My letter arguing for the proposed EDL march to be banned was published in the paper on September 14. I read with interest the paper of September 21, describing the EDL’s plans, and also quoting from debate on your Facebook pages about the issue, and an article from Paul Stainton on the same issue.
I have been told by Police Commander Andy Gipp that the police will support banning only if they will unable to manage the proposal in the belief it will cause, on this specific occasion, serious disruption to the community.
I know marches by the EDL have been banned elsewhere – eg in Luton in September 2009. I also know that costs of policing these marches vary between £300,000 and £1m.
I am sure the police can manage this march but only at significant expense to the council tax payer. I have heard them say that the costs will be met by contingencies budget: how will this leave us if there is eg a terrorist attack or major disaster in the area in future, with the budget spent?
In my view the proposed march will without doubt cause “serious disruption to the community”. In 2010 and 2014 shops and other businesses shut for the day, and social and community events within five or more miles were cancelled.
The then Prime Minister David Cameron described the EDL in 2010 as “terrible people” who “incite hatred”. His then Communities Secretary John Denham condemned the EDL, saying its tactics are similar to those of the British Union of Fascists in the 1930s: “If you look at the types of demonstrations they have organised, the language used and the targets chosen, it looks pretty clear that it’s a tactic designed to provoke, to get a response and create violence”.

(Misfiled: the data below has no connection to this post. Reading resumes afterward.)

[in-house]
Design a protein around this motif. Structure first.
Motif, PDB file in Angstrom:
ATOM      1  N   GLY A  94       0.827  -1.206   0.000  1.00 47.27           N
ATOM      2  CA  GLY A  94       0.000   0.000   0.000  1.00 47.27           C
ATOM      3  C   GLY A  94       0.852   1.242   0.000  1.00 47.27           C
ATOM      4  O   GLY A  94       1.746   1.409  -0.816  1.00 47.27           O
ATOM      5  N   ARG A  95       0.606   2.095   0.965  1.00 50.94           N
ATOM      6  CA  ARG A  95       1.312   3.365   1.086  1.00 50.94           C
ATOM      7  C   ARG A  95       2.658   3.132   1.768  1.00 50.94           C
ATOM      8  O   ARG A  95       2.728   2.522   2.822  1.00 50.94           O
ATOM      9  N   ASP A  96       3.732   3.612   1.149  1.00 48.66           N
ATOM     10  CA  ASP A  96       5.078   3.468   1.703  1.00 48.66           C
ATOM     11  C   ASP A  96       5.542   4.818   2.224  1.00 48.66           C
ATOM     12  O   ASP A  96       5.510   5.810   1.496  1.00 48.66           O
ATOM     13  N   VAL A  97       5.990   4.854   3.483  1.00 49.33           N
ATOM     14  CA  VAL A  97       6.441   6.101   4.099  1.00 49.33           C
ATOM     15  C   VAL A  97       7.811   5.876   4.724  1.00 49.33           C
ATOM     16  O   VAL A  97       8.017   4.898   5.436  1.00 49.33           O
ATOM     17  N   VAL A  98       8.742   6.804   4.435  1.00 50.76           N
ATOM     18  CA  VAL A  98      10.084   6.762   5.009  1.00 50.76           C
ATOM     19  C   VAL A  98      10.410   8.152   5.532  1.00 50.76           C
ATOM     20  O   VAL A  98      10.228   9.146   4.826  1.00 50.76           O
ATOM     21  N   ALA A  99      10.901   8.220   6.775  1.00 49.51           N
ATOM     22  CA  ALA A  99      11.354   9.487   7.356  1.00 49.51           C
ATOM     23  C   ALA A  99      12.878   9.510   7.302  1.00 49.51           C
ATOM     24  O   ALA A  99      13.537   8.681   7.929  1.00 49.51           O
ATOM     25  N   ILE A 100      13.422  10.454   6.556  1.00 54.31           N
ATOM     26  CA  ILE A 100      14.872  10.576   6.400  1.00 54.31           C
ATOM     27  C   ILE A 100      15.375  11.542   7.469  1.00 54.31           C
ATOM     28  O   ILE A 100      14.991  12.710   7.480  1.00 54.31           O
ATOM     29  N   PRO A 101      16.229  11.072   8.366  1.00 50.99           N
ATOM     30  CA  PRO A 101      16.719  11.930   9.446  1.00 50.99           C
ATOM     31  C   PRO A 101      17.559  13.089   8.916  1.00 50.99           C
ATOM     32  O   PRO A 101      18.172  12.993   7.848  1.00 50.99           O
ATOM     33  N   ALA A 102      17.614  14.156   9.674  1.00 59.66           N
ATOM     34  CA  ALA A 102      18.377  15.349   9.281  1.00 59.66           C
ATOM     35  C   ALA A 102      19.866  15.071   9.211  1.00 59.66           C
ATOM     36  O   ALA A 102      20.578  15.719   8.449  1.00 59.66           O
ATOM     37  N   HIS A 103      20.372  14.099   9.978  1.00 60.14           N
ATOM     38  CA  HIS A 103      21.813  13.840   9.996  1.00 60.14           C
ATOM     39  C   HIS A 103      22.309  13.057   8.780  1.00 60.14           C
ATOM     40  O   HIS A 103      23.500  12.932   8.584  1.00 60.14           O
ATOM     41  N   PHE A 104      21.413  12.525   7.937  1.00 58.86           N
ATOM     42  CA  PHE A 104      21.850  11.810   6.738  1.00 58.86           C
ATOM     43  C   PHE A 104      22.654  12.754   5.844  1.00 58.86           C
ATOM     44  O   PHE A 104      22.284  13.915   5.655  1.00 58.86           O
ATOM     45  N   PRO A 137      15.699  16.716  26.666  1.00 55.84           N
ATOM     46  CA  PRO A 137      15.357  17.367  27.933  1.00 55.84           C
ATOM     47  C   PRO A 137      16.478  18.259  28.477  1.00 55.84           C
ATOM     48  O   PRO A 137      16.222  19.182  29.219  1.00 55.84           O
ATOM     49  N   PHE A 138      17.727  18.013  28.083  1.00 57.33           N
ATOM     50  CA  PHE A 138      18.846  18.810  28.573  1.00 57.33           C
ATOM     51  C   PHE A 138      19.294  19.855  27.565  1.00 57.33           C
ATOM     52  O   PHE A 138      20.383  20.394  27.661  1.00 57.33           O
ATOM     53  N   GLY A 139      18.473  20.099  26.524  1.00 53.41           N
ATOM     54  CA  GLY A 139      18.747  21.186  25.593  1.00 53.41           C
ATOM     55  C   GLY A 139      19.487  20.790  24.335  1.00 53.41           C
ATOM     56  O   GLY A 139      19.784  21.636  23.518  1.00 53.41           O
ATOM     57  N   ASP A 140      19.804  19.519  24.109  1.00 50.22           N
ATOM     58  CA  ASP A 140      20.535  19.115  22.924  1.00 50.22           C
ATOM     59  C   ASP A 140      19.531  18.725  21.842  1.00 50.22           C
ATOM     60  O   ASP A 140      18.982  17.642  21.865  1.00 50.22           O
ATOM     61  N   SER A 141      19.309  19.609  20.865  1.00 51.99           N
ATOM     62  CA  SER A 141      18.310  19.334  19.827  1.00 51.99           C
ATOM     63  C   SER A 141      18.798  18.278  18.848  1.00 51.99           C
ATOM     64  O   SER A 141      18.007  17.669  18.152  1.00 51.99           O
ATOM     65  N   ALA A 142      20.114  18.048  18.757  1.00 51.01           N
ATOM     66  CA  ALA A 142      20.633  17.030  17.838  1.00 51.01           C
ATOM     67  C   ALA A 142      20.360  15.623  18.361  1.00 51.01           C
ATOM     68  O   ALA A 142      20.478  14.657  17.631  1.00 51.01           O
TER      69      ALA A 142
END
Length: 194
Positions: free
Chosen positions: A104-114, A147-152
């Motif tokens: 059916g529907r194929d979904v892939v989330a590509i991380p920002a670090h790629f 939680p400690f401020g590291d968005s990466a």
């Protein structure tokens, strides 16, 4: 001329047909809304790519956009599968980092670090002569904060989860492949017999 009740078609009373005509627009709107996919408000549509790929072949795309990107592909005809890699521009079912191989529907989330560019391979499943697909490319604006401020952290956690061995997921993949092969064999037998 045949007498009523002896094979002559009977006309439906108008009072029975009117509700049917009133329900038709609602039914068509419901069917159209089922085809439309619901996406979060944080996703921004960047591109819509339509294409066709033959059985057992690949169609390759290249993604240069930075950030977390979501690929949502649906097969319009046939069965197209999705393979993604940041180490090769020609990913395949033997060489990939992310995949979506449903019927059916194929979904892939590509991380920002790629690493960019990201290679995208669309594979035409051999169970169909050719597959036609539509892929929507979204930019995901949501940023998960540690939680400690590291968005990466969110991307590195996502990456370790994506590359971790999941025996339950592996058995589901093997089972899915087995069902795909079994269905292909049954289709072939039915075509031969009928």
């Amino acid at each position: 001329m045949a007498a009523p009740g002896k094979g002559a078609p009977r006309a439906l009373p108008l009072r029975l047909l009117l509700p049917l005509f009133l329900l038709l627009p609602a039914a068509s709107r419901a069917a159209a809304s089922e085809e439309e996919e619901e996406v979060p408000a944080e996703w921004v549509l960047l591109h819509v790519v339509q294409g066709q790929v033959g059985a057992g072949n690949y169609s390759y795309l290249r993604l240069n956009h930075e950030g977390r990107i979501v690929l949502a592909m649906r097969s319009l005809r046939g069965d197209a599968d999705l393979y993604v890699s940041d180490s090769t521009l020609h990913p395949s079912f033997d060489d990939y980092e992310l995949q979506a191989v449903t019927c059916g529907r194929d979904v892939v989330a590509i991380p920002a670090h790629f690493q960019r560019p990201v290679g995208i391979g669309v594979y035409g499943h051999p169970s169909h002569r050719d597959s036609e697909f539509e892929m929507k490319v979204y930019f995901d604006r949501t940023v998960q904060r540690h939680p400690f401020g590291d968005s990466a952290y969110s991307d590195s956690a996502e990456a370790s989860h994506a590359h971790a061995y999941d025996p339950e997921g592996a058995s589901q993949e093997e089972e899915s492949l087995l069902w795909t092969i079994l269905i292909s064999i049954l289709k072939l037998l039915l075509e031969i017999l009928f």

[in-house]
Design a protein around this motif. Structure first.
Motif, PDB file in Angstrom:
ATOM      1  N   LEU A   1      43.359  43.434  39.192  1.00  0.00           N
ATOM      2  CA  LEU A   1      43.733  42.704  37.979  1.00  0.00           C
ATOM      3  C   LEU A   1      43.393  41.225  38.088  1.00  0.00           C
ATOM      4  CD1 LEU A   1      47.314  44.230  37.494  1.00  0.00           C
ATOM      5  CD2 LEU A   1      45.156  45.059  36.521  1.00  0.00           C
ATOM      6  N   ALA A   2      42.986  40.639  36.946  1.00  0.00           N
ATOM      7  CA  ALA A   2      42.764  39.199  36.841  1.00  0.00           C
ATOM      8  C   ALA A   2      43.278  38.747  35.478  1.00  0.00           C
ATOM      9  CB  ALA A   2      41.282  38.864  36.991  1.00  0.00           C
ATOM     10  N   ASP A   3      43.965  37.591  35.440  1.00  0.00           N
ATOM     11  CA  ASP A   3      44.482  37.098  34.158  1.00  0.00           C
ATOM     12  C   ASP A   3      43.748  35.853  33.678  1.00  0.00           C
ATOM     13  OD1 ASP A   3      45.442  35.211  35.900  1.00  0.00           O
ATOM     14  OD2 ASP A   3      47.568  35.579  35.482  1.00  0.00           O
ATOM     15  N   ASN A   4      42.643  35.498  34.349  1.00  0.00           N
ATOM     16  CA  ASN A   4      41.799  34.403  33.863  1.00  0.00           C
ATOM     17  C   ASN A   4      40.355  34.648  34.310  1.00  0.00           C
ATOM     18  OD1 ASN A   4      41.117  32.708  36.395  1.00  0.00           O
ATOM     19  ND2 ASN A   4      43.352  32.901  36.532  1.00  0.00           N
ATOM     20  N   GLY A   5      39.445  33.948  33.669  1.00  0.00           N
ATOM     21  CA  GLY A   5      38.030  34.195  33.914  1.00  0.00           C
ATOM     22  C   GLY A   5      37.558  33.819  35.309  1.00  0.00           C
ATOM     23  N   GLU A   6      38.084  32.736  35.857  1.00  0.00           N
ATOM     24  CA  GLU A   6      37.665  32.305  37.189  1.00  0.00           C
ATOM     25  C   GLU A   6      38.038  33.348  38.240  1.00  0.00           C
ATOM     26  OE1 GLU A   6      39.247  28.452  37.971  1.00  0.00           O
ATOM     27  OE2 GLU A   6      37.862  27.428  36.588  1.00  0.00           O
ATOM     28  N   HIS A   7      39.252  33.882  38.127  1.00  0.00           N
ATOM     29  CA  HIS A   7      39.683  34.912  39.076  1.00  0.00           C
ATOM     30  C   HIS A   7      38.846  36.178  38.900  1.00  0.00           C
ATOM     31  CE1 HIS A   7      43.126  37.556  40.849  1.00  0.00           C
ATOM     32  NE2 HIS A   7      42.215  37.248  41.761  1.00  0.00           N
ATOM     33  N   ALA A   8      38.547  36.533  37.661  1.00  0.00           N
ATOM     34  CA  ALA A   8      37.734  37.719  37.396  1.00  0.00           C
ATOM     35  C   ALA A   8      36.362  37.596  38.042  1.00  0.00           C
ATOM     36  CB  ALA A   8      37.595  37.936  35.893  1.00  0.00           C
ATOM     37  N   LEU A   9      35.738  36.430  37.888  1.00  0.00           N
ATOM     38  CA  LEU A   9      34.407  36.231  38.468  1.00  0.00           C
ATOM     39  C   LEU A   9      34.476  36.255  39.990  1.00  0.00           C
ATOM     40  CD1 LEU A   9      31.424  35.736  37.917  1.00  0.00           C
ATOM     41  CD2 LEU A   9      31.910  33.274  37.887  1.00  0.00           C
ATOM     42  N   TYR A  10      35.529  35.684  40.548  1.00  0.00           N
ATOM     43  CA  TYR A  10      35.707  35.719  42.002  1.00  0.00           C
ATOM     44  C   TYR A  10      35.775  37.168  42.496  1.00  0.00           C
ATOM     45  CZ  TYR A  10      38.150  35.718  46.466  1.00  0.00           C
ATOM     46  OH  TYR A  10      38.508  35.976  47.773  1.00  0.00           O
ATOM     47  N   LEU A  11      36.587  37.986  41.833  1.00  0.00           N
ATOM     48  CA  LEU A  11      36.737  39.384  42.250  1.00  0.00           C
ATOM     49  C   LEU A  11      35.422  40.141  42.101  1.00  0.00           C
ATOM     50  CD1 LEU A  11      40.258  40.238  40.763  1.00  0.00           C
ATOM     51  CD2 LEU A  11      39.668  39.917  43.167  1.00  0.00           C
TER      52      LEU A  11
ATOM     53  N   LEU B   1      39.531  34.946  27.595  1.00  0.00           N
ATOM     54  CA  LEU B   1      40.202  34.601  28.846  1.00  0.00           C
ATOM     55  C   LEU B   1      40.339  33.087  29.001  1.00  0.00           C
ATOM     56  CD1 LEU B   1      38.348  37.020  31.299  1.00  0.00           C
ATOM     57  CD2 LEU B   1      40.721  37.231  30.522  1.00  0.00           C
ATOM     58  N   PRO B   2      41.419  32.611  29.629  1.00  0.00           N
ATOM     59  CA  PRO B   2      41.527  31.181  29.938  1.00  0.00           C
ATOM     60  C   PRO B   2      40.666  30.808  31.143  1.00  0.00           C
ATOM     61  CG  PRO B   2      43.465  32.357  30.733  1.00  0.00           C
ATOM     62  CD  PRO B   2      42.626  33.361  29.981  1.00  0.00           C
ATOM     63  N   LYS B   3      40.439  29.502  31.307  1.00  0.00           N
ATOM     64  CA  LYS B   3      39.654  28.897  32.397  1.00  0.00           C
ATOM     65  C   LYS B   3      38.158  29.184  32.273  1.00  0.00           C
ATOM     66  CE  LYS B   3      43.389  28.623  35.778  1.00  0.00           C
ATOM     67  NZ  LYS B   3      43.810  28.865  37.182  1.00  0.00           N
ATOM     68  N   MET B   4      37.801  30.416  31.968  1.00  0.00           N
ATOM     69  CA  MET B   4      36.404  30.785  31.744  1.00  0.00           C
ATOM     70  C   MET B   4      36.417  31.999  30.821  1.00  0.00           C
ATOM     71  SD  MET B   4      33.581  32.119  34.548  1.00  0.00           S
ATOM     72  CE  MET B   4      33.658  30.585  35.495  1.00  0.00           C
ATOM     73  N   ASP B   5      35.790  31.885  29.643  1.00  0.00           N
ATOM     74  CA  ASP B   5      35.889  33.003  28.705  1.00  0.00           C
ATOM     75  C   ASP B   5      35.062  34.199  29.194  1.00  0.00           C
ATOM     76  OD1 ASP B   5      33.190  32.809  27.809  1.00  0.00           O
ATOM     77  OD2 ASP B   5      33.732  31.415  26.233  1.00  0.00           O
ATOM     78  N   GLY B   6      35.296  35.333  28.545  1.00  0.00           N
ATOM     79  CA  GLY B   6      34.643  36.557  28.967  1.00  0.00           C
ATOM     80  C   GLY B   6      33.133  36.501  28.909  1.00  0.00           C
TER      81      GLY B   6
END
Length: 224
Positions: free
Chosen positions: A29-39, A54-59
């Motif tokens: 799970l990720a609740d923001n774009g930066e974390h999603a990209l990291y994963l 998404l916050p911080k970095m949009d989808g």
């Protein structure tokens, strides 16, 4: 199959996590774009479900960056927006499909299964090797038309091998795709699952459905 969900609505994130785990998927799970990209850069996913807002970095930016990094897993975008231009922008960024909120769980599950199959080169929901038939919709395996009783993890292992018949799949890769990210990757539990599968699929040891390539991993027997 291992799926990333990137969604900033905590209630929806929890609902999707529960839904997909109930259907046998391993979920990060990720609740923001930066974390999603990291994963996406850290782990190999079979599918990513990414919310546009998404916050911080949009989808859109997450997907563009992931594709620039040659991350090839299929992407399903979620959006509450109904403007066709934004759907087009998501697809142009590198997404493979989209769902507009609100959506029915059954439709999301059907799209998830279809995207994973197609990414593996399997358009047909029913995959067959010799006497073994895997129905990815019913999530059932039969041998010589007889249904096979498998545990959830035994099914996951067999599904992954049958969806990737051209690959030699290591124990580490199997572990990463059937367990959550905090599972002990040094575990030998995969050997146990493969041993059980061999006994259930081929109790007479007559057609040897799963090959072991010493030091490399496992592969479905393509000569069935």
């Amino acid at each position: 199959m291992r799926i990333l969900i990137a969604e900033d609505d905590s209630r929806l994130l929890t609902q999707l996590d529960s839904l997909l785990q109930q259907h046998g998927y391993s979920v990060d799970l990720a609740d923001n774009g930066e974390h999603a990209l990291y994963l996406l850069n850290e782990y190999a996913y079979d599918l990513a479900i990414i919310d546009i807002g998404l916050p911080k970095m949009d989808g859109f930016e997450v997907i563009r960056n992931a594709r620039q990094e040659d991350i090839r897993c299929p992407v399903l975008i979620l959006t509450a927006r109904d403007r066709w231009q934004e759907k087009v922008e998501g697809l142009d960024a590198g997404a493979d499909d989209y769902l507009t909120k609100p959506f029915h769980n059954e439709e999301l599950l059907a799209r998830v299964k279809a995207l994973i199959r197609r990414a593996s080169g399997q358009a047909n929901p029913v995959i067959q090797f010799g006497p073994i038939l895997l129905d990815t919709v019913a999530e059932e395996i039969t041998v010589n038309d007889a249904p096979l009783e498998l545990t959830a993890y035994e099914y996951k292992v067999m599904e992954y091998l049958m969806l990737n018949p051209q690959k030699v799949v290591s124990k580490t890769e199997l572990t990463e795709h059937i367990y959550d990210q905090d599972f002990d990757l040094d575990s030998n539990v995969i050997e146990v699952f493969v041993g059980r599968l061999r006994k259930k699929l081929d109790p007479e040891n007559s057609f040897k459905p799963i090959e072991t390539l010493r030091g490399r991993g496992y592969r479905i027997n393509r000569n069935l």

Those quoted as responding on your Facebook page say banning this event would be an attack on freedom of speech: it is nothing of the sort.
No one is stopping the EDL speaking, using social media, writing letters to newspapers, talking about their views (providing they do not break laws which define eg inciting racial hatred). There are many other instances where a wide variety of demonstrations have been held in the city: they relate to local issues or they allow local people to express views on national issues. None have resulted in injury, arson, smoke-bombs and bricks being thrown, as EDL marches commonly do. The reasons shops close and people are frightened to come near the city is that EDL marches, imposed on the city by those with no link to the city, have a long and unique history of intimidations, creation of fear and criminal damage.
No-one is removing the EDL’s freedom to express their views (whilst these remain legal) but why should Peterborough have to tolerate a costly, deliberately disruptive event which has no purpose except to bring hatred and damage to our city?
Paul Stainton has it right: the EDL are, as he says, aiming to distribute “their unique brand of Fascism and hatred on the streets of our city, all under the guise of ‘freedom of expression’”.
Are we willing to be victims of their bullying and pay for it in lost shopping days, depleted police budgets and a day of being afraid to visit our own city centre?
Tony Forster, All Saints Road, Peterborough